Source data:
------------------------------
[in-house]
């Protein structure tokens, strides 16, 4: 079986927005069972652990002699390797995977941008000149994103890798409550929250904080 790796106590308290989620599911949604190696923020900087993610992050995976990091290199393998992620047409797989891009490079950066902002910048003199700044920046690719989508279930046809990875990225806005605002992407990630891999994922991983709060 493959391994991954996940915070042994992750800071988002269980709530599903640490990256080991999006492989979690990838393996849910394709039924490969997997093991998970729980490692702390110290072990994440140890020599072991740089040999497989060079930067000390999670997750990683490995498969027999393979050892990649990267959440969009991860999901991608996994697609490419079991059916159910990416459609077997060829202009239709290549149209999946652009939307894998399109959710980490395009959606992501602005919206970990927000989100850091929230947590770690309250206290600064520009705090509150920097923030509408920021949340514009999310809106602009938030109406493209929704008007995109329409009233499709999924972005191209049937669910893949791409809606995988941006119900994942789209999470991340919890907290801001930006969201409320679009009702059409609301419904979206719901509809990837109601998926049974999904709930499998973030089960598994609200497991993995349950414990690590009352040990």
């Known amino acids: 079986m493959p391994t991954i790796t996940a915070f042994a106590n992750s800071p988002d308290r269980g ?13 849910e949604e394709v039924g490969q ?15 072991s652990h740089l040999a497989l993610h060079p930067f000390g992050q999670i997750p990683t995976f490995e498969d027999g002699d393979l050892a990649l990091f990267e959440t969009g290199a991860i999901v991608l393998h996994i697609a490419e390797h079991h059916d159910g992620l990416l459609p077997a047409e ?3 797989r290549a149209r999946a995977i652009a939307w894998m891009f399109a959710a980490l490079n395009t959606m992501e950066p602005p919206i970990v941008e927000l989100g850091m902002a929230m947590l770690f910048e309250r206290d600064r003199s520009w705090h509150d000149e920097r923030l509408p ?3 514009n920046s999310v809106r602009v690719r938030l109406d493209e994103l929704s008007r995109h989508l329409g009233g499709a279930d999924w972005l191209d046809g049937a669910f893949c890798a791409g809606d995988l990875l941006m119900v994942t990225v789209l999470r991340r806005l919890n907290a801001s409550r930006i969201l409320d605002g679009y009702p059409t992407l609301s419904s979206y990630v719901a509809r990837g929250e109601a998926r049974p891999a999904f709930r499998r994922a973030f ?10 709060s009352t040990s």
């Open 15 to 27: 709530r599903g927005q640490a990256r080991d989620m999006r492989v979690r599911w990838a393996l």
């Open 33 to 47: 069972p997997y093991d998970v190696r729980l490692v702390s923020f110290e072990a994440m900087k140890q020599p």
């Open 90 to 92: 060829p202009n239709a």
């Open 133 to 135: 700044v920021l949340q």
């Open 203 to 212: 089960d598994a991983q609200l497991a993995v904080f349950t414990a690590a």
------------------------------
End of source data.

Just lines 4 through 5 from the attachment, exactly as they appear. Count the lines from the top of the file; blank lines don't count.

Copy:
């Open 15 to 27: 709530r599903g927005q640490a990256r080991d989620m999006r492989v979690r599911w990838a393996l």
């Open 33 to 47: 069972p997997y093991d998970v190696r729980l490692v702390s923020f110290e072990a994440m900087k140890q020599p």